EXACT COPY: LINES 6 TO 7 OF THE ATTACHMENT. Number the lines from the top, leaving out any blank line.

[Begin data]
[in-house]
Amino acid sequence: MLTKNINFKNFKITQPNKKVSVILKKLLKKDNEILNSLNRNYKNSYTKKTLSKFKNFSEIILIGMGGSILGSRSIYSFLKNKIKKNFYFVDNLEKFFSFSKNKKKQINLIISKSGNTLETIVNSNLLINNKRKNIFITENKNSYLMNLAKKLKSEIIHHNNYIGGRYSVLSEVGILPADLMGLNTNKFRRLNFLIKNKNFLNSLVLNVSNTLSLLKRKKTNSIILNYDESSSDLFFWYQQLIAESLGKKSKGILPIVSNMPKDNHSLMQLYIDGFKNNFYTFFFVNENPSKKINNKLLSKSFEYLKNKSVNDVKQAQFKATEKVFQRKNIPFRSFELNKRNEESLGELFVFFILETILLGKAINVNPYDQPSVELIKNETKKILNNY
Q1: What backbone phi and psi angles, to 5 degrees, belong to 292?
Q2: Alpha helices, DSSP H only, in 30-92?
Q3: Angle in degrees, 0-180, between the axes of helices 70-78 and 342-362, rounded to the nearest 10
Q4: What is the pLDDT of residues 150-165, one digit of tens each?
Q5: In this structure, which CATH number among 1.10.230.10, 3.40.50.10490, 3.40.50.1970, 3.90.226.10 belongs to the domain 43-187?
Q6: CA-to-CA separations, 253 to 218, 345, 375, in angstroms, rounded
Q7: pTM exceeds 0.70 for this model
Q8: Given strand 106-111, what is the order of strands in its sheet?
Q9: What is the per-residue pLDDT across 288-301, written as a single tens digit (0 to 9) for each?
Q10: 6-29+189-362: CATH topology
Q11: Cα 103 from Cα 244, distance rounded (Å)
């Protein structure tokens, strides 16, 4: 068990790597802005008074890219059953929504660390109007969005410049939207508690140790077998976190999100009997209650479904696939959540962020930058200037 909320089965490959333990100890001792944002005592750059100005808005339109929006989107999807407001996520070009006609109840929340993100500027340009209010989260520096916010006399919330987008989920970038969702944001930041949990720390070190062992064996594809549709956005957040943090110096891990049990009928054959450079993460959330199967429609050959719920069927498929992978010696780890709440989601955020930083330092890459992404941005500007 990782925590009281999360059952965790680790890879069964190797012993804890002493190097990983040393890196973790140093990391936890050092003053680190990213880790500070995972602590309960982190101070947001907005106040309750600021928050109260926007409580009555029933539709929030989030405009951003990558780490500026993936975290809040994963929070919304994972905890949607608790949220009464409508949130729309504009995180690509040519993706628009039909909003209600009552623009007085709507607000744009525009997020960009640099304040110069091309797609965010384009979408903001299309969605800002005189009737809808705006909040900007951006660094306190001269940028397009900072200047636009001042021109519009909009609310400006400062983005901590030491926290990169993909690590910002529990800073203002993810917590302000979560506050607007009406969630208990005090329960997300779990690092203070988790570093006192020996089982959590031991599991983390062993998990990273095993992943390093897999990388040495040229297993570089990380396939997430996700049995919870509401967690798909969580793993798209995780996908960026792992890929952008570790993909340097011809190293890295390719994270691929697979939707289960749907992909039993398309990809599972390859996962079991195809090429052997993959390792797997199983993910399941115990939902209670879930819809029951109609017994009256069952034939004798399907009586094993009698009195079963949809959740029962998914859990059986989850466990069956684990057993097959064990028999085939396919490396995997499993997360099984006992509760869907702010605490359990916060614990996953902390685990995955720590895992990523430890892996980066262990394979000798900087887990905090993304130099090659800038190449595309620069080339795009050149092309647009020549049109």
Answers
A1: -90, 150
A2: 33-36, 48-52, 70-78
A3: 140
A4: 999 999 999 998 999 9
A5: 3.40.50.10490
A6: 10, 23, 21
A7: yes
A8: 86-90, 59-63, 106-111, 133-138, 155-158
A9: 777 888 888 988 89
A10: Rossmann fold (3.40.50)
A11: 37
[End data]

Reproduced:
Q4: What is the pLDDT of residues 150-165, one digit of tens each?
Q5: In this structure, which CATH number among 1.10.230.10, 3.40.50.10490, 3.40.50.1970, 3.90.226.10 belongs to the domain 43-187?